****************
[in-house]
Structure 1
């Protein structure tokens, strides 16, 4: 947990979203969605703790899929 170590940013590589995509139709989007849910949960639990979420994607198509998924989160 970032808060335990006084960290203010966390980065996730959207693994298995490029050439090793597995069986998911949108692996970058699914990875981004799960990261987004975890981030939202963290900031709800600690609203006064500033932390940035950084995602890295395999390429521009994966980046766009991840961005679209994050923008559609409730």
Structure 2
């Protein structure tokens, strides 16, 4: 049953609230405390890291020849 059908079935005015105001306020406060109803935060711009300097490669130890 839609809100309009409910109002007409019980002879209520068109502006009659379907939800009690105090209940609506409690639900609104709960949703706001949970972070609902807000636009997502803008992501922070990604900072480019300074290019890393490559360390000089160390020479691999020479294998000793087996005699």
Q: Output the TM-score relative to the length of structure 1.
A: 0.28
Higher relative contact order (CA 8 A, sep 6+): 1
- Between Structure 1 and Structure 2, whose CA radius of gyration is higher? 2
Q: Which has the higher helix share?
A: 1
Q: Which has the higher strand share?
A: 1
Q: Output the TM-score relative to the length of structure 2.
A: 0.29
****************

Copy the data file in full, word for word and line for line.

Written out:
[in-house]
Structure 1
């Protein structure tokens, strides 16, 4: 947990979203969605703790899929 170590940013590589995509139709989007849910949960639990979420994607198509998924989160 970032808060335990006084960290203010966390980065996730959207693994298995490029050439090793597995069986998911949108692996970058699914990875981004799960990261987004975890981030939202963290900031709800600690609203006064500033932390940035950084995602890295395999390429521009994966980046766009991840961005679209994050923008559609409730």
Structure 2
């Protein structure tokens, strides 16, 4: 049953609230405390890291020849 059908079935005015105001306020406060109803935060711009300097490669130890 839609809100309009409910109002007409019980002879209520068109502006009659379907939800009690105090209940609506409690639900609104709960949703706001949970972070609902807000636009997502803008992501922070990604900072480019300074290019890393490559360390000089160390020479691999020479294998000793087996005699």
Q: Output the TM-score relative to the length of structure 1.
A: 0.28
Higher relative contact order (CA 8 A, sep 6+): 1
- Between Structure 1 and Structure 2, whose CA radius of gyration is higher? 2
Q: Which has the higher helix share?
A: 1
Q: Which has the higher strand share?
A: 1
Q: Output the TM-score relative to the length of structure 2.
A: 0.29